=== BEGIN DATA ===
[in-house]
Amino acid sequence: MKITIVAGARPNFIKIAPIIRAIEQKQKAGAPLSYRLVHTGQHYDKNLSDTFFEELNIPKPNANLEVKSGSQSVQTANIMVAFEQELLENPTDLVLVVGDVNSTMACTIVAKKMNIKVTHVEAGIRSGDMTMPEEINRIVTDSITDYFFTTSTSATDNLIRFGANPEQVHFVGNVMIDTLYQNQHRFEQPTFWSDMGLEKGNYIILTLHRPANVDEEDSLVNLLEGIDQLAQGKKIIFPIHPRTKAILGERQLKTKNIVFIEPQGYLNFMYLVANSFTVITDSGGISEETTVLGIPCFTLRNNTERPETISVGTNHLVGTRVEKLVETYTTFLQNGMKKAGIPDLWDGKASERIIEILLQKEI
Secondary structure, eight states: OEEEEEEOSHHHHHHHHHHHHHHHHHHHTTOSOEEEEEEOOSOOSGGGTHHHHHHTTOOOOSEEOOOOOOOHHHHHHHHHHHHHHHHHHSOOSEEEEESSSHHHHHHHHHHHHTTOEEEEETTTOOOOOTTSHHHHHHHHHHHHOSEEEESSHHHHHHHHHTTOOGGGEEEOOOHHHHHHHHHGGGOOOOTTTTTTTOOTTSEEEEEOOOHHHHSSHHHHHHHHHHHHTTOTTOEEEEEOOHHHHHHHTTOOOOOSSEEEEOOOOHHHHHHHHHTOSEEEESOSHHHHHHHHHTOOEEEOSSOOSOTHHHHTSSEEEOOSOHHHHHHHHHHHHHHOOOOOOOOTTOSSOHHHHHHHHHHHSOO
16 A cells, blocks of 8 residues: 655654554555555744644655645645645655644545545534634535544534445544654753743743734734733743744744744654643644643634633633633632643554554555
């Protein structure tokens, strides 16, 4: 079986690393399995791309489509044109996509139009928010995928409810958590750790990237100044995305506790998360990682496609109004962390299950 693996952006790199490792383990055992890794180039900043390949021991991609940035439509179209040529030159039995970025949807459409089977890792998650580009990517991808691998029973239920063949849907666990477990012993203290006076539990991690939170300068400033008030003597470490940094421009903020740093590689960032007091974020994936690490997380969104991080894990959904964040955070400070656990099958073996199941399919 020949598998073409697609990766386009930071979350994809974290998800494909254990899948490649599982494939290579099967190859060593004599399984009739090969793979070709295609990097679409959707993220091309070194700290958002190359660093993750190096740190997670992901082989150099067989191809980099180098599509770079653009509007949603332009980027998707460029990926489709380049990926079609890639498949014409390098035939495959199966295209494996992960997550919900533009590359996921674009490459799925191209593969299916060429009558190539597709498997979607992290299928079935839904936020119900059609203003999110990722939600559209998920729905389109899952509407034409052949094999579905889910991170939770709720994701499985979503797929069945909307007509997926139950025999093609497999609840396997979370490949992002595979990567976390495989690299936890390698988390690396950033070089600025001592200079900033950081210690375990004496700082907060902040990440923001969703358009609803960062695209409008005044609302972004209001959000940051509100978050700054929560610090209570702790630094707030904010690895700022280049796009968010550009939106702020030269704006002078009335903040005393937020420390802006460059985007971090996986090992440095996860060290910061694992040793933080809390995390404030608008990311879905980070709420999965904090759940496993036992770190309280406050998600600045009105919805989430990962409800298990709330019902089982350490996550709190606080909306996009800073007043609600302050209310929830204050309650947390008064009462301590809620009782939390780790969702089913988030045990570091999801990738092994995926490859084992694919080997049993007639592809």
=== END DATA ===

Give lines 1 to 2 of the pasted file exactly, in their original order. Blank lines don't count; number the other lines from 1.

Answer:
[in-house]
Amino acid sequence: MKITIVAGARPNFIKIAPIIRAIEQKQKAGAPLSYRLVHTGQHYDKNLSDTFFEELNIPKPNANLEVKSGSQSVQTANIMVAFEQELLENPTDLVLVVGDVNSTMACTIVAKKMNIKVTHVEAGIRSGDMTMPEEINRIVTDSITDYFFTTSTSATDNLIRFGANPEQVHFVGNVMIDTLYQNQHRFEQPTFWSDMGLEKGNYIILTLHRPANVDEEDSLVNLLEGIDQLAQGKKIIFPIHPRTKAILGERQLKTKNIVFIEPQGYLNFMYLVANSFTVITDSGGISEETTVLGIPCFTLRNNTERPETISVGTNHLVGTRVEKLVETYTTFLQNGMKKAGIPDLWDGKASERIIEILLQKEI